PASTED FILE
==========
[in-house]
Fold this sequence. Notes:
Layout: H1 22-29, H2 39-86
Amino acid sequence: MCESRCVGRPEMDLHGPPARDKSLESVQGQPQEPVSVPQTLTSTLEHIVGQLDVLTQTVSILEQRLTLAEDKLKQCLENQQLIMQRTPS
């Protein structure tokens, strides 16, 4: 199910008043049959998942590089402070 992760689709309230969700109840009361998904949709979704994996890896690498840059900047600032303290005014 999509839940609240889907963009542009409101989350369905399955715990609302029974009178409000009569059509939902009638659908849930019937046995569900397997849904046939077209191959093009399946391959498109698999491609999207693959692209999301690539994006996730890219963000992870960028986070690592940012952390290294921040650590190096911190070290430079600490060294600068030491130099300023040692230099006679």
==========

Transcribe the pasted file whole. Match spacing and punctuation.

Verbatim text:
[in-house]
Fold this sequence. Notes:
Layout: H1 22-29, H2 39-86
Amino acid sequence: MCESRCVGRPEMDLHGPPARDKSLESVQGQPQEPVSVPQTLTSTLEHIVGQLDVLTQTVSILEQRLTLAEDKLKQCLENQQLIMQRTPS
């Protein structure tokens, strides 16, 4: 199910008043049959998942590089402070 992760689709309230969700109840009361998904949709979704994996890896690498840059900047600032303290005014 999509839940609240889907963009542009409101989350369905399955715990609302029974009178409000009569059509939902009638659908849930019937046995569900397997849904046939077209191959093009399946391959498109698999491609999207693959692209999301690539994006996730890219963000992870960028986070690592940012952390290294921040650590190096911190070290430079600490060294600068030491130099300023040692230099006679």